In the wake of the historic Paris climate agreement, many commentators have focused on the extraordinary work of the negotiators, the terms that have been agreed upon and the global outlook going forward. While these important topics merit extended analysis, I believe that we should also reflect on the key role that morality and ethics played in brokering a successful deal in Paris.
Pope Francis provided invaluable moral leadership before and during the COP21 conference. I believe his leadership was a key factor and helped provide the momentum necessary to complete the successful agreement in Paris. Inspired by him, people of many faiths, as well as those of no particular faith, engaged energetically. In Laudato Sí, the Pope articulated a moral framework, specifically addressing every person living on the planet. Many responded and came together to protect our common home and its most vulnerable people from the threats posed by climate change.
As with previous negotiations, COP21 was marked by technical discussions in the areas of climate science, economics, technology and diplomacy. At the same time, however, the understanding of climate change as a pressing moral issue permeated the dialogue of commentators and negotiators before, during, and after COP21 to a higher degree than in previous U.N. climate talks. For example, U.N. Secretary-General Ban Ki-moon explicitly cited climate change as a “moral issue” in reference to COP21. Diplomats, academics, activists and ordinary citizens who support an international climate agreement made moral appeals in reference to COP21 than was the case previously.
We should not be surprised that increased attention to climate change as a moral issue helped pave the way for the historic agreement reached in Paris. Moral and ethical concerns have the power to transcend political ideologies, neutralize special interests, and unite persons of goodwill in cooperating for the common good.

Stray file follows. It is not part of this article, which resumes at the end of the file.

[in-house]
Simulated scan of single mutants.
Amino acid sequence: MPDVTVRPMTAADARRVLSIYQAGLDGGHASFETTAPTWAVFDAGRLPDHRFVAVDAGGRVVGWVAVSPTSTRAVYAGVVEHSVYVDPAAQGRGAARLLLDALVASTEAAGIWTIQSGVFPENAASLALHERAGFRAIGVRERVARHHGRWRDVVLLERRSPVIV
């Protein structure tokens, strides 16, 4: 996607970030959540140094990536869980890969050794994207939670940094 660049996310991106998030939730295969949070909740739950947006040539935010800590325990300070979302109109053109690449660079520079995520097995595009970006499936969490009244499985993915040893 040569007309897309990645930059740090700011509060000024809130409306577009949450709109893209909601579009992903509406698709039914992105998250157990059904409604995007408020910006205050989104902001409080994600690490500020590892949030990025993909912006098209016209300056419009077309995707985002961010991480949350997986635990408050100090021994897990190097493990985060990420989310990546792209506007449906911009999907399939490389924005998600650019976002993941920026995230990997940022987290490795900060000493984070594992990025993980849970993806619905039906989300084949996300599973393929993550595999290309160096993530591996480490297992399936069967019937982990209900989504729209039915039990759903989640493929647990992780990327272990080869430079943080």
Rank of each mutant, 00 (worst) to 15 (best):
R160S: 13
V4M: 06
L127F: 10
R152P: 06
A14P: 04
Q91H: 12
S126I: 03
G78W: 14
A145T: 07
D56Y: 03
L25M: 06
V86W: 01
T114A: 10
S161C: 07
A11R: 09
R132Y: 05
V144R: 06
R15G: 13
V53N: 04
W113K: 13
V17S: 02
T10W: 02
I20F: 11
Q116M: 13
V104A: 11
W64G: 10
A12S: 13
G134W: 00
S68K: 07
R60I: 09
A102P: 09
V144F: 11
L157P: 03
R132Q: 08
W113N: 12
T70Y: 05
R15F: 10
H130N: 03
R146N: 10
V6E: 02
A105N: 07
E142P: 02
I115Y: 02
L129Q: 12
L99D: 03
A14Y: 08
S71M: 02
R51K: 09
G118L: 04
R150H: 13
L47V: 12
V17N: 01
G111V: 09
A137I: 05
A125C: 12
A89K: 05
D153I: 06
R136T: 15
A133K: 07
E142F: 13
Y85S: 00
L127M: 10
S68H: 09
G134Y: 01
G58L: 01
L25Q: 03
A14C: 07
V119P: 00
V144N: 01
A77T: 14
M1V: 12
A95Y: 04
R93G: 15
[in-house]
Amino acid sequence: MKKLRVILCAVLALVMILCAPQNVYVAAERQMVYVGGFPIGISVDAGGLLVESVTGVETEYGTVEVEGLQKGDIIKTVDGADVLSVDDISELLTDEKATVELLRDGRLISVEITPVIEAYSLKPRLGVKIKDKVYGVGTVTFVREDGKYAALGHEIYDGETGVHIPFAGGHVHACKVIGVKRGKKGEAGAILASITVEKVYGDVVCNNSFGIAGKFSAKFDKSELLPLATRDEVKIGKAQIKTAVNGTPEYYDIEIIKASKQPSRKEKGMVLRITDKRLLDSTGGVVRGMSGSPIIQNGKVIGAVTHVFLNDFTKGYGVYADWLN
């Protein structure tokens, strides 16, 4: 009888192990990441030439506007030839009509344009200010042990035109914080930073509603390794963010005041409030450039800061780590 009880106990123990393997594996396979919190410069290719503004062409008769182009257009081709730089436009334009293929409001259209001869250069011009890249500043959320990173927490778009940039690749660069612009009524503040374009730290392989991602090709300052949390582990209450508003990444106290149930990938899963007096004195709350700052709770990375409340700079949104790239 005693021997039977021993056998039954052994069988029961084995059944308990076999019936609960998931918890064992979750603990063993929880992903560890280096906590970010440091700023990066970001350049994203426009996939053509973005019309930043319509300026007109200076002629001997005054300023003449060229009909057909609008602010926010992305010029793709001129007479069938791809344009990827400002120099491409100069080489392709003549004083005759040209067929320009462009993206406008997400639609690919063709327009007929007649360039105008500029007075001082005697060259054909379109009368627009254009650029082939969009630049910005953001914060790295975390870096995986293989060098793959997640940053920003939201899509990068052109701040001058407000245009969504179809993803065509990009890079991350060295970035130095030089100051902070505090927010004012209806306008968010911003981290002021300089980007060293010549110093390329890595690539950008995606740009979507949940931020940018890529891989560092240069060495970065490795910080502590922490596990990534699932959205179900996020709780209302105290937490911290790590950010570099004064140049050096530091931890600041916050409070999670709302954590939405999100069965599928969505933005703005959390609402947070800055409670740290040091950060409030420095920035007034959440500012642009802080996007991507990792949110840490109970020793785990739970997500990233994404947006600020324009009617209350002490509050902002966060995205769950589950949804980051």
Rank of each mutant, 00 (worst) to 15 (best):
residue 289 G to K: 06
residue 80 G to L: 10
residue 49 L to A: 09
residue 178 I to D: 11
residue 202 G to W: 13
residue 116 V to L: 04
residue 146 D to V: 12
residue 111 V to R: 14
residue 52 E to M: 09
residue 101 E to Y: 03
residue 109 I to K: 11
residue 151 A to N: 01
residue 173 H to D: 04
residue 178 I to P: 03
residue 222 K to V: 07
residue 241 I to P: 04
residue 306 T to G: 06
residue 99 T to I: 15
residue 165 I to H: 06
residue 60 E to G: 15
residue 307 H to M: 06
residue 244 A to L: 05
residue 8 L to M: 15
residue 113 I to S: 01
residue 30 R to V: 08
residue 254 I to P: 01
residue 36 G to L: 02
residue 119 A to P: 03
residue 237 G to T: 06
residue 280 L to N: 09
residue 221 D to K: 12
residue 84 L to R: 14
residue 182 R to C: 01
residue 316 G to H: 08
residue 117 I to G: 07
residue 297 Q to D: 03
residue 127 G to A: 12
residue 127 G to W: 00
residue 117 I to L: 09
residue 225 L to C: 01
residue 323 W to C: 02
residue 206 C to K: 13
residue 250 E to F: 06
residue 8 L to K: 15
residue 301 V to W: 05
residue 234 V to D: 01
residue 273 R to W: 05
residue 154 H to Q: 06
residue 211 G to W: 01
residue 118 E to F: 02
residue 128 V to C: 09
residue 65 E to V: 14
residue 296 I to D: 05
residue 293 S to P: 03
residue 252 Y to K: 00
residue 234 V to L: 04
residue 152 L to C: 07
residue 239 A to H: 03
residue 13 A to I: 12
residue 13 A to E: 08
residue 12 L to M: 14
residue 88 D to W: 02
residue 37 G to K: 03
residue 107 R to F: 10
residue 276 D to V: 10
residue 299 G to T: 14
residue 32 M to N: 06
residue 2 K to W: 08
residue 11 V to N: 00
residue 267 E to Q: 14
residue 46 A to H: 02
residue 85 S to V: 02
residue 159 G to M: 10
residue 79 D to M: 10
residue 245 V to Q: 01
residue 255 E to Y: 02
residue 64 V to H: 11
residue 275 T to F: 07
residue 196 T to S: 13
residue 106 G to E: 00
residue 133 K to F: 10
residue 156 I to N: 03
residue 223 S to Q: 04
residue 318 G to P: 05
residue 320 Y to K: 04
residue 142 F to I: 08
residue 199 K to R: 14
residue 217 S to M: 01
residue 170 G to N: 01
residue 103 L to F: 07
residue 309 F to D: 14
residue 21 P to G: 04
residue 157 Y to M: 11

The dialogue and negotiations associated with COP21 were rich with moral insights and appeals: the poor and vulnerable are disproportionately and unjustly harmed by the adverse effects of climate change; ecological degradation compromises the right to life, the dignity of the human person and the protection of vulnerable communities; the human family has a responsibility to protect the global common good for future generations.
This is not to say that ethical considerations were entirely absent from previous international negotiations. The U.N. and many countries in the Global South consistently raised moral concerns about the disproportionate effects of climate change and the need for common, but differentiated, responsibilities. But I would argue that moral discourse played a much larger role this time around thanks to Pope Francis and other faith leaders.
Since his election, Pope Francis has used his unique office and humble personality to place the ethics of ecology at the center of public debate. The release in June of Laudato Si’, the first papal encyclical on ecology, was timed, as Pope Francis himself acknowledged, to encourage a positive outcome at COP21. The ethics of ecology were part of his September addresses to the U.S. Congress and the U.N. General Assembly. He awakened our consciences to one of the defining moral issues of our time. As Dr. Alison Doig, senior advisor on Climate Change and Sustainable Development at Christian Aid, told Vatican Radio, “The whole mode that the Holy Father has brought to these talks [in Paris] has really transformed [COP21].”
The success of COP21 was undoubtedly due to the incredible hard work and persistence of many people, organizations and communities. At the same time, however, it is appropriate to recognize Pope Francis’s moral leadership. The ethical concerns he raised about ecology and climate change – which echoed those of Saint John Paul II and Pope Emeritus Benedict XVI – helped chart the path to a successful international agreement to address climate change. As it turns out, morality matters when the goal is to protect our common home.
Reverend Oscar Cantú is the Bishop of Las Cruces, New Mexico and Chairman of the Committee on International Justice and Peace, U.S. Conference of Catholic Bishops.